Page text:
The Aliso Canyon leak, however, also provides us a good reminder of what communities across the U.S. who are close to oil and gas facilities have been increasingly concerned about—the ongoing environmental impact of air pollution that is being released into their neighborhoods, and the safety of those operations. Most of the pollution is invisible to the naked eye, but infrared cameras are bringing the problem into sharper focus, and with that a louder call for action and oversight by federal officials. EPA estimates that today, methane leaks from onshore oil and gas development is contributing climate impacts equivalent to driving nearly 130 million cars annually. And their emissions are contributing to unhealthy air for residents living next door and downwind of this development. Read More
When operators pull oil out of the ground, it often comes up with copious amounts of natural gas. This “associated gas” can be captured and brought to market, creating an additional revenue source for operators. But if no gathering infrastructure or other methods of capture are deployed, operators either vent the gas to the atmosphere or burn it off with controlled flares. Venting results in the release of methane, a powerful greenhouse gas. Flaring results in troublesome emissions as well, including CO2 and hazardous air pollutants.
According to the Wyoming Oil and gas Conservation Commission (WOGCC), Wyoming’s oil and gas operators vented and flared more than five billion cubic feet of natural gas in 2014. Five billion cubic feet of gas that could be sold to generate taxes and royalties, heat homes and power machinery across the country, instead was wasted. Read More
In case you missed it, PBS NewsHour recently took a close look at an issue EDF has been deeply involved in: oil and gas methane emissions.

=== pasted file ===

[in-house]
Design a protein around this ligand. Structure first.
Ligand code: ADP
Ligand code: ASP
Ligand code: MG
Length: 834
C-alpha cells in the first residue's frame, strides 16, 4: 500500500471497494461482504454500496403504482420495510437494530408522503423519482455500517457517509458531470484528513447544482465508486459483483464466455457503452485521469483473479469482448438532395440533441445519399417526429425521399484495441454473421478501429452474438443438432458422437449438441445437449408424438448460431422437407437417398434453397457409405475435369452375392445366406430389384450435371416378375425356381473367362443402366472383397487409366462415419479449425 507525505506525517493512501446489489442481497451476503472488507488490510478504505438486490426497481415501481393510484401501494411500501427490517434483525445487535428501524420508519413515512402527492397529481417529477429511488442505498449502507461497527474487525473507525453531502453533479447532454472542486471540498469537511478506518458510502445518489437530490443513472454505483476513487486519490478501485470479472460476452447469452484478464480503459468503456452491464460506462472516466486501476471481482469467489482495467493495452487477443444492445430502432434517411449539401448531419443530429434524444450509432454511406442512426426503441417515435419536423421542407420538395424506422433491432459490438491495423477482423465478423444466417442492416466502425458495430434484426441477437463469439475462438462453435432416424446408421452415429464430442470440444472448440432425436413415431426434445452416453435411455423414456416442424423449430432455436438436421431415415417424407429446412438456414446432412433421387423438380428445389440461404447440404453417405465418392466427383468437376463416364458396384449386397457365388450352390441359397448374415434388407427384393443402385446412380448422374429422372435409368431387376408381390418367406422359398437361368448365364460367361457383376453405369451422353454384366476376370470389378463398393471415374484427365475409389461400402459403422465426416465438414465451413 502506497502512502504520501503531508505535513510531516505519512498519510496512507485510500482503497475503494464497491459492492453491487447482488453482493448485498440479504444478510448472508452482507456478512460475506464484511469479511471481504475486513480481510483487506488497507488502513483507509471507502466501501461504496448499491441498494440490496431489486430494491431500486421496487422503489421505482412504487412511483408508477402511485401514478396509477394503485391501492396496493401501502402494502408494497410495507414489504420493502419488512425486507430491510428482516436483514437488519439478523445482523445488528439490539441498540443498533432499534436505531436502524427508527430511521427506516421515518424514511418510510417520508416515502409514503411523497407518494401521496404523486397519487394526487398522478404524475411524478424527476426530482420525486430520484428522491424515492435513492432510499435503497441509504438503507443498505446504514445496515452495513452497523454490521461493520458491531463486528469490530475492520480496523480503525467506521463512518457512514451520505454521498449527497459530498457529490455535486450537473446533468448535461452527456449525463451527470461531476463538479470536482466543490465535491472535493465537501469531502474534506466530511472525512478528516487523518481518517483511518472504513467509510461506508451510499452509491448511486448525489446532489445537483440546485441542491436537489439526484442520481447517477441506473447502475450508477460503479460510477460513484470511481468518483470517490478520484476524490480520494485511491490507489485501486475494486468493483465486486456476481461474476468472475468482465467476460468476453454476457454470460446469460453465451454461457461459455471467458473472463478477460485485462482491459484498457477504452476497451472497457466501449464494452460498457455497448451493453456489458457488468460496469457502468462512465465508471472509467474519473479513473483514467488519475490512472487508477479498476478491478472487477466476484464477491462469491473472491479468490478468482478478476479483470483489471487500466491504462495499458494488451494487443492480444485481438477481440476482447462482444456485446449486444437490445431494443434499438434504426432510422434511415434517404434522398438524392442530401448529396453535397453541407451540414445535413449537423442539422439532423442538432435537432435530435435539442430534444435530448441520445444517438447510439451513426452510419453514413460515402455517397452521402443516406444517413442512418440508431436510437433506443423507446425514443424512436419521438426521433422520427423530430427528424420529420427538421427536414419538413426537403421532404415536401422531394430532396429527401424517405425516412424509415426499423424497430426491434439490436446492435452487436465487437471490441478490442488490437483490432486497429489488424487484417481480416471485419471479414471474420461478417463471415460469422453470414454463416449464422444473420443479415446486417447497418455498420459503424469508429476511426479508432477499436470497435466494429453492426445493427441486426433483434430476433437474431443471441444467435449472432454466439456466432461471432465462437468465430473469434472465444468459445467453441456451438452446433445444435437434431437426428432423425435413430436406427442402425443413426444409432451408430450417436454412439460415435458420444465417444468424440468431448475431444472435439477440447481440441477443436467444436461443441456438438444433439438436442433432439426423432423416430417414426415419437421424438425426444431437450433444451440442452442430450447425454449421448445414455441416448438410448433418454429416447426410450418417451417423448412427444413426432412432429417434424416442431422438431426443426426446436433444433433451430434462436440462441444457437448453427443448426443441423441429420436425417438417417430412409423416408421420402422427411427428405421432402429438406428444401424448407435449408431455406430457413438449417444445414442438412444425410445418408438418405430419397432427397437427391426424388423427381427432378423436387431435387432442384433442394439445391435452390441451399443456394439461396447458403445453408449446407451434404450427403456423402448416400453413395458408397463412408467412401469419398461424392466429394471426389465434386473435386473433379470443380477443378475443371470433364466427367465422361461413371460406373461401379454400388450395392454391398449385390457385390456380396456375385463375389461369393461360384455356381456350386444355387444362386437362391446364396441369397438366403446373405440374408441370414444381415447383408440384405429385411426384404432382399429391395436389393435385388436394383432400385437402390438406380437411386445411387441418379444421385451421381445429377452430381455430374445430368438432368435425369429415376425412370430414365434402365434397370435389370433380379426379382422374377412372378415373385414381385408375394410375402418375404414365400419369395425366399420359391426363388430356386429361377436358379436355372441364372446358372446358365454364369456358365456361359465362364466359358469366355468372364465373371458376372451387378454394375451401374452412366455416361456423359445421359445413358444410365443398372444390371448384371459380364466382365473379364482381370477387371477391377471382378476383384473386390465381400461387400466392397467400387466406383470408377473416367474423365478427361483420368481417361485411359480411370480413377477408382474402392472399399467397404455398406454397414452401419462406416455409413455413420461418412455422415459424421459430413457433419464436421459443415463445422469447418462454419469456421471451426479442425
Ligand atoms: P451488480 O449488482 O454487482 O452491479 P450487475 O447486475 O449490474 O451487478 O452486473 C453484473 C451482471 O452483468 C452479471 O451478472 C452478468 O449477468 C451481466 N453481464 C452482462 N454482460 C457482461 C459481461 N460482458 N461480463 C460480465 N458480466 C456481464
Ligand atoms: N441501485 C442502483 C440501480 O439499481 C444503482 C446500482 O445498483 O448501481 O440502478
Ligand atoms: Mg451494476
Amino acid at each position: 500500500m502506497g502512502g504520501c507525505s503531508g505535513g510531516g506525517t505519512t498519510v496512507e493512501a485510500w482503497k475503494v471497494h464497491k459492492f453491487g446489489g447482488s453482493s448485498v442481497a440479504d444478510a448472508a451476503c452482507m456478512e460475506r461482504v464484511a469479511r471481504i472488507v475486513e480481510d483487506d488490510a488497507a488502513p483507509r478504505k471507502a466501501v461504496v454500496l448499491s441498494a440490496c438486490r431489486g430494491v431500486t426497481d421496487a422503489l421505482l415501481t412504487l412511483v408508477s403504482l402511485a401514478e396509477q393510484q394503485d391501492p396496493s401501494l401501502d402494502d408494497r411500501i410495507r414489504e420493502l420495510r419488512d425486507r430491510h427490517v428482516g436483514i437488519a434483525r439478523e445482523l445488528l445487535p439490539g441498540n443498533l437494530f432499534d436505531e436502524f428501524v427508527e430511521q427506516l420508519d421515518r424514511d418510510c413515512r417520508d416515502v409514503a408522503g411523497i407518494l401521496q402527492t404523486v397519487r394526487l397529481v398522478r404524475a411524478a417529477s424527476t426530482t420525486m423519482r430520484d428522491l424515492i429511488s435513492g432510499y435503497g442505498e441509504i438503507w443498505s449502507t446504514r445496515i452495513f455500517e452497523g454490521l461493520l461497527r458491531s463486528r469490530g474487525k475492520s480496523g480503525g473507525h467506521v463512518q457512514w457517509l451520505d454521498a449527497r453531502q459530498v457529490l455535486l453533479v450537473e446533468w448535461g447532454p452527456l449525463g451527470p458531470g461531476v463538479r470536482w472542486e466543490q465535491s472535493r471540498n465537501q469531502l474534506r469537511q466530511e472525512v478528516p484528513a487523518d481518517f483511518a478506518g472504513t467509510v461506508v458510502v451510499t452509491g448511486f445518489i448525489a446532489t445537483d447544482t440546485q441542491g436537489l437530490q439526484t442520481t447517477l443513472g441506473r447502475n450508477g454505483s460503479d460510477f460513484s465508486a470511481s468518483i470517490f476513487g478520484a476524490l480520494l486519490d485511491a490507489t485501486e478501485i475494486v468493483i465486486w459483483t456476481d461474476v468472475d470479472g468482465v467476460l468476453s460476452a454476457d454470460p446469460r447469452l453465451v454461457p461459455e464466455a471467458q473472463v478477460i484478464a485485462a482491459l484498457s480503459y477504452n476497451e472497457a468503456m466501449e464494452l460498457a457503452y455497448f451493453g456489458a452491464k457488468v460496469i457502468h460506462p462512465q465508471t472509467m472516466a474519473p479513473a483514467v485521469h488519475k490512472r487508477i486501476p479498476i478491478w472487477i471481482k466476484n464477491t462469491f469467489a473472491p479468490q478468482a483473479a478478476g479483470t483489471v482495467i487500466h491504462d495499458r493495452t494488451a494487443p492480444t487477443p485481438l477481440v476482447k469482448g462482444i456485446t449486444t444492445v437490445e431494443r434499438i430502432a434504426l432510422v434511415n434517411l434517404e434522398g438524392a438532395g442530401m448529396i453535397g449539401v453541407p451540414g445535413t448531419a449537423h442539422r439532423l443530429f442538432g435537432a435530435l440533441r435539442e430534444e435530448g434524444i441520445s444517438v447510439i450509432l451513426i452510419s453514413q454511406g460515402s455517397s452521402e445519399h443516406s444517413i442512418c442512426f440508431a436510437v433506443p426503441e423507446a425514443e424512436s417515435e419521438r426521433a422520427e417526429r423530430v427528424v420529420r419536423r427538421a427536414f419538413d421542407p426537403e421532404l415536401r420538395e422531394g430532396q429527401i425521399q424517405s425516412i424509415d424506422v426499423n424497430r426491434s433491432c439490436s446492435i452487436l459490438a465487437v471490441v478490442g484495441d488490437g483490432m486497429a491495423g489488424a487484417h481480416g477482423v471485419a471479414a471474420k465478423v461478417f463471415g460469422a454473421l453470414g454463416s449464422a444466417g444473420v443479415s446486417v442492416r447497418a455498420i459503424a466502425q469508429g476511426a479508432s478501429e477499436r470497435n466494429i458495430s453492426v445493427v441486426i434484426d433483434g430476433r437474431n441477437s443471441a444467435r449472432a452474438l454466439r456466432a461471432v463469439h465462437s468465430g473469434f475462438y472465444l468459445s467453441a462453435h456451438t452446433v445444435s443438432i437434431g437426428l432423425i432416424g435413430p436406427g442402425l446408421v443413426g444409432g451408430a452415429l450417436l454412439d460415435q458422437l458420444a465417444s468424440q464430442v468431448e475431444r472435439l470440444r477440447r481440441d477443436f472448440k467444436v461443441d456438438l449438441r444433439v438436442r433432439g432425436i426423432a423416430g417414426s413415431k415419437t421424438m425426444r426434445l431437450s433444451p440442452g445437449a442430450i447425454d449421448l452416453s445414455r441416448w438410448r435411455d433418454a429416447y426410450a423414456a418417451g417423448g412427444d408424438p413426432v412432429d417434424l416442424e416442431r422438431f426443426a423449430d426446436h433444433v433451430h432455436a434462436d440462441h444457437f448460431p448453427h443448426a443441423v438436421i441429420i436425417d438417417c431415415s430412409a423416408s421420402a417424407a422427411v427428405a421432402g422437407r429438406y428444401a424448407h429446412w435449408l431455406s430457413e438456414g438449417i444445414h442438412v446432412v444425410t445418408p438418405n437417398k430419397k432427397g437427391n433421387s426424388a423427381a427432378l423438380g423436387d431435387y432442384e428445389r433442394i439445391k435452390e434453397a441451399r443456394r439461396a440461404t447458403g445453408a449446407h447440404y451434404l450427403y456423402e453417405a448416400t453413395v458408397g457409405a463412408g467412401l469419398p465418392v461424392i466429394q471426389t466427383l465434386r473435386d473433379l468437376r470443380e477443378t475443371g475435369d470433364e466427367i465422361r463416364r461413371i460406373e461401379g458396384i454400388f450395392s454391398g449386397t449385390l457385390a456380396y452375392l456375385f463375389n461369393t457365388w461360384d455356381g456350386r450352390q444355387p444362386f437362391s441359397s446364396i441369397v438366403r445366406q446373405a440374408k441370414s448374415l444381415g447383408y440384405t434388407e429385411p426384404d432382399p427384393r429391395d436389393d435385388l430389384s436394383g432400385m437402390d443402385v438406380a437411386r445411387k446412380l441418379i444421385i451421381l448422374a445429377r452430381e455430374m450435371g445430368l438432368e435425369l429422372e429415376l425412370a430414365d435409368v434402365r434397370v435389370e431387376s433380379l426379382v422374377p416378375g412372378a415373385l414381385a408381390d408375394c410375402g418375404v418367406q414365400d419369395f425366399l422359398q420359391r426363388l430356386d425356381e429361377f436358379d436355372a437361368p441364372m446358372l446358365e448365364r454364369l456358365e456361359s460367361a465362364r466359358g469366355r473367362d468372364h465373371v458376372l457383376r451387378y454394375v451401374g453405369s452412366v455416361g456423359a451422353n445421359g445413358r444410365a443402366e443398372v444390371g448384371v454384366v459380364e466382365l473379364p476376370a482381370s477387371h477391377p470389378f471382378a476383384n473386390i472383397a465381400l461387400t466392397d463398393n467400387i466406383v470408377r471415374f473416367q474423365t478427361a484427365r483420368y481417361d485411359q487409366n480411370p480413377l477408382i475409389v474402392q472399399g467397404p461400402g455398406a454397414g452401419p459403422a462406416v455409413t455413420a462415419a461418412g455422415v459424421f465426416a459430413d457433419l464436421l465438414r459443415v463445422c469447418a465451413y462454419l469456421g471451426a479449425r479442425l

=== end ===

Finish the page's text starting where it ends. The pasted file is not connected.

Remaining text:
PBS captured what many across the country have experienced for years – frustration with a significant waste and pollution problem. U.S. oil and gas drillers emit millions of tons of methane into the air every year. This pollution increases global warming and deteriorates air quality. As impacted rancher Don Schreiber in Gobernador, New Mexico told the reporter, the problem is “sobering.” Read More
Wyoming has worked to build a reputation as a leader on strong, sensible requirements to limit air pollution from oil and gas development. The state was among the first to require measures to limit pollution from newly drilled oil and gas wells (so-called “green completions”) and has been diligent in recent years to create one of the nation’s best leak detection and repair programs in the Upper Green River Basin (UGRB), a portion of the state that had been plagued with unhealthy levels of air pollution. Historically, Wyoming hasn’t waited for federal regulations, it has helped blaze the trail and let others follow.
That is what makes the state’s proposal for new statewide oil and gas air quality requirements disappointing. Wyoming is now looking at ways to reduce oil and gas emissions statewide and the state’s Air Quality Advisory Board will consider new requirements at a hearing in Cheyenne tomorrow—but frequent inspections to find and fix leaks are completely absent from the proposal. This is a problem we hope the state will quickly solve. Read More